Located at the middle of South Carolina, the city of Columbia was carved out of the countryside by order of the state legislature, which wanted to establish a new capital more centrally situated than Charleston. By that time, the area had been important in the state's development for more than a century. Early settlers were mostly Scots-Irish, German, and English farmers who moved to the hills of northwestern South Carolina, having little in common with the wealthy planters of Charleston. "The Congarees," a frontier fort on the river's west bank, was the head of navigation on the Santee River system. In 1754 a ferry service was initiated to connect the fort with the settlement that was developing on the east bank's higher ground.
The new capital, named Columbia in honor of Christopher Columbus, was set on Taylor's Hill where the Broad and Saluda rivers merge to form the Congaree River. The General Assembly moved to Columbia in 1791. History tells of a visit by George Washington during that year as part of his tour of South Carolina.
Development of America's First "Planned City"
One of the first planned cities in America, Columbia was laid out in a two-mile square surrounding the site of the State House. The city's streets, designed in a grid, were named for heroes of the Revolution and for the state's agricultural products, such as rice, wheat, blossom, and indigo.
By the early 1880s the town had become an agricultural center, and soon the state had become the leading cotton producer in the nation. The first textile mill was introduced in 1832, and saw mills, cotton gins, tanneries, carriage manufacturers, and iron foundries were soon to follow. With the establishment of steamship connections to the Congaree and Santee rivers, many of the city's cotton merchants handled shipments that earlier had moved overland to the port at Charleston. South Carolina College (now the University of South Carolina) was founded in 1801, and the ensuing close relationship between the college, the city, and the legislature endures to the present day.
By mid-century, the local economy was strengthened by growing accessibility to the eastern United States via the railroad. A distinctive style of architecture, known as Columbia Cottage, had emerged. To help assuage the often unpleasant summer heat, builders designed a structure to maximize the effect of natural breezes. The building featured a raised cottage with an enclosed basement above the ground, halls from front to back, windows that reached the floor, and ceilings often 15 feet high.
Civil War Brings Destruction
Columbia, with a population of 8,000, was the site of the First Secession Convention and was instrumental in establishing the Confederacy and keeping it supplied with uniforms, swords, cannonballs, and other supplies over the course of the Civil War. The city was destroyed by the fiery rampage of General William T. Sherman in 1865, which left almost everything in ruins except the university. Reconstruction was a time of great hardship, but by the 1890s the city finally reemerged as a center of agricultural commerce.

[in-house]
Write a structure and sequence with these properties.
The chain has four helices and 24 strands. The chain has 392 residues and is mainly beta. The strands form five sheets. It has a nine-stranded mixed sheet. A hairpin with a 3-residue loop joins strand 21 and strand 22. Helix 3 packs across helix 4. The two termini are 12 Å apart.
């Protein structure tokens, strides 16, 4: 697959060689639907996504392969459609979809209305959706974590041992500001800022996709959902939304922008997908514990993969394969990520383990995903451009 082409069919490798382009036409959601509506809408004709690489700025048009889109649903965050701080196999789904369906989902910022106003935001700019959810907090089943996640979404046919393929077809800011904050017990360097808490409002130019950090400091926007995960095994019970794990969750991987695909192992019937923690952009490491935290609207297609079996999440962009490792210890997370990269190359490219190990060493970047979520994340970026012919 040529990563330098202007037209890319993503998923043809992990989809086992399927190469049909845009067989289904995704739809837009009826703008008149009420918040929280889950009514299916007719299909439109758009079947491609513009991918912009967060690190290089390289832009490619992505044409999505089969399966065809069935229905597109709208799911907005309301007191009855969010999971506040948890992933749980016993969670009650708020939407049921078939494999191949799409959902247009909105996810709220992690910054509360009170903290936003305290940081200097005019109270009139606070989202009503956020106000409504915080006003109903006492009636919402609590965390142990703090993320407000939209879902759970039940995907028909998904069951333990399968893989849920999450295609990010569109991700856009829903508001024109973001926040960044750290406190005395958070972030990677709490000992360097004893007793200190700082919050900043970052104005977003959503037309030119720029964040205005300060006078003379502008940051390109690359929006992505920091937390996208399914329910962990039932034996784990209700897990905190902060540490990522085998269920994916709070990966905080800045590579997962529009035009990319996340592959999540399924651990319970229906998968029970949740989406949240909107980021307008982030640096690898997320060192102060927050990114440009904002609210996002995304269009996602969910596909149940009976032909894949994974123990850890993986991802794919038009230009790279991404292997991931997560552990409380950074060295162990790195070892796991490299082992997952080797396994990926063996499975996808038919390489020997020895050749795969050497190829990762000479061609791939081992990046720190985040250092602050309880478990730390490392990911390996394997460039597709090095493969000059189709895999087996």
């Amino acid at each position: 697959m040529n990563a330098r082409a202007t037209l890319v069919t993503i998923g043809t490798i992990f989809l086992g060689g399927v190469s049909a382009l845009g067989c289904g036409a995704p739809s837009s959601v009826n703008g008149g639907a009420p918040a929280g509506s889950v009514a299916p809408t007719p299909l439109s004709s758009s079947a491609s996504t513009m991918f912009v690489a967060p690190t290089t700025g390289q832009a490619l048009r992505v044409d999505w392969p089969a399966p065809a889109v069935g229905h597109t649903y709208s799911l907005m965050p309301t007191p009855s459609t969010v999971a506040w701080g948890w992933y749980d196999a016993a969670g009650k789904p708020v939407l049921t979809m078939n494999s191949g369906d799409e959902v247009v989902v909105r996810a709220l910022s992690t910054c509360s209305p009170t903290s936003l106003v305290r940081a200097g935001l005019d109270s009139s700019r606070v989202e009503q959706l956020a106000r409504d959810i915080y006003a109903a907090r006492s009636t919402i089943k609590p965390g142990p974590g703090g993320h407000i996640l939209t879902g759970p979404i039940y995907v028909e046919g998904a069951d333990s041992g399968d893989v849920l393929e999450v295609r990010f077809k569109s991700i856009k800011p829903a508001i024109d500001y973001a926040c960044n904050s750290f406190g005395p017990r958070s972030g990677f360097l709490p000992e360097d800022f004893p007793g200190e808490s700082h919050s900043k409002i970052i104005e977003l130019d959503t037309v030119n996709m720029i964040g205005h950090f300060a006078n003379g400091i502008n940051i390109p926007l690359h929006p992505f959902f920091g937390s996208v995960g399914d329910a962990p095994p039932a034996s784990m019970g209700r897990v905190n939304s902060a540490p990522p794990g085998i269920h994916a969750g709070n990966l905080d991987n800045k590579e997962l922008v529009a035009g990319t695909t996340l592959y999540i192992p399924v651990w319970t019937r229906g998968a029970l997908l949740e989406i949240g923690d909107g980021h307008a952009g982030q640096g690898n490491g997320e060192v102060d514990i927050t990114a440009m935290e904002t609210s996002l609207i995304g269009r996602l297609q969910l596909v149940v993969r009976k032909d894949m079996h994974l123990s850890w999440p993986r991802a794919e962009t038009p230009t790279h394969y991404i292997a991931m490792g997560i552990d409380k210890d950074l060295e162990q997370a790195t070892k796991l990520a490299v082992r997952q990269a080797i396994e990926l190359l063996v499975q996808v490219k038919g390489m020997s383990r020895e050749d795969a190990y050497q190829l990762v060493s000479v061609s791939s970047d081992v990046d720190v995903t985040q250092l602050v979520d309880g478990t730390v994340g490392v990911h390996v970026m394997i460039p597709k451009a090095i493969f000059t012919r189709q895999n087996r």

Major Fort Important to City
By 1900 large cotton mills had been built and nearly 9,000 people worked in the city's mill district. The period prior to World War I and until the Great Depression of the 1930s was one of prosperity. Trade was growing, banks and hospitals multiplied, and the city became the state's business center. East of the city the U.S. Army built Fort Jackson, presently one of the country's largest infantry training bases. Thanks to a diversified economy, the city survived the Great Depression without as much pain as some other areas of the country. Between 1940 and 1950 the population grew by more than one-third, in part due to Fort Jackson's role in the training of soldiers for World War II.
Economic and Social Progress Made Since Mid-Century
By the post-War 1950s, small and medium-sized factories were developing, and new industries such as electronics, military equipment, textiles, cameras, and structural steel further diversified the economy. During the period of the civil rights struggle in the 1960s, Mayor Lester Bates and a biracial committee of 60 citizens worked together to quietly and systematically encourage the desegregation of the city. By 1963 the university was integrated, and in 1964, 24 African American students entered previously all-white public schools.
The 1970s saw the creation of downtown's Main Street Mall and the completion of Riverbanks Zoological Park. In subsequent years Riverfront Park was developed, the Koger Center for Performing Arts opened, and new interstate highways made the city even more accessible regionally and nationally. Today, more people are moving to Columbia and its crime rate has fallen 25 percent. The city is making strides to revitalize old neighborhoods, improve its city center streetscapes and make the area's river system more accessible and enjoyable for its residents. Foreign investors are realizing the benefits of locating their manufacturing and production businesses to the area and Columbia is becoming a leading research and technology center of the region.
Historical Information: South Carolina (State) Department of Archives and History, Archives and History Center, 8301 Parklane Rd., Columbia, SC 29223; telephone (803) 896-6100. South Carolina Confederate Relic Room and Museum Library, Columbia Mills Building, 301 Gervais Street, Columbia, SC 29214-0001; telephone (803)737-8095
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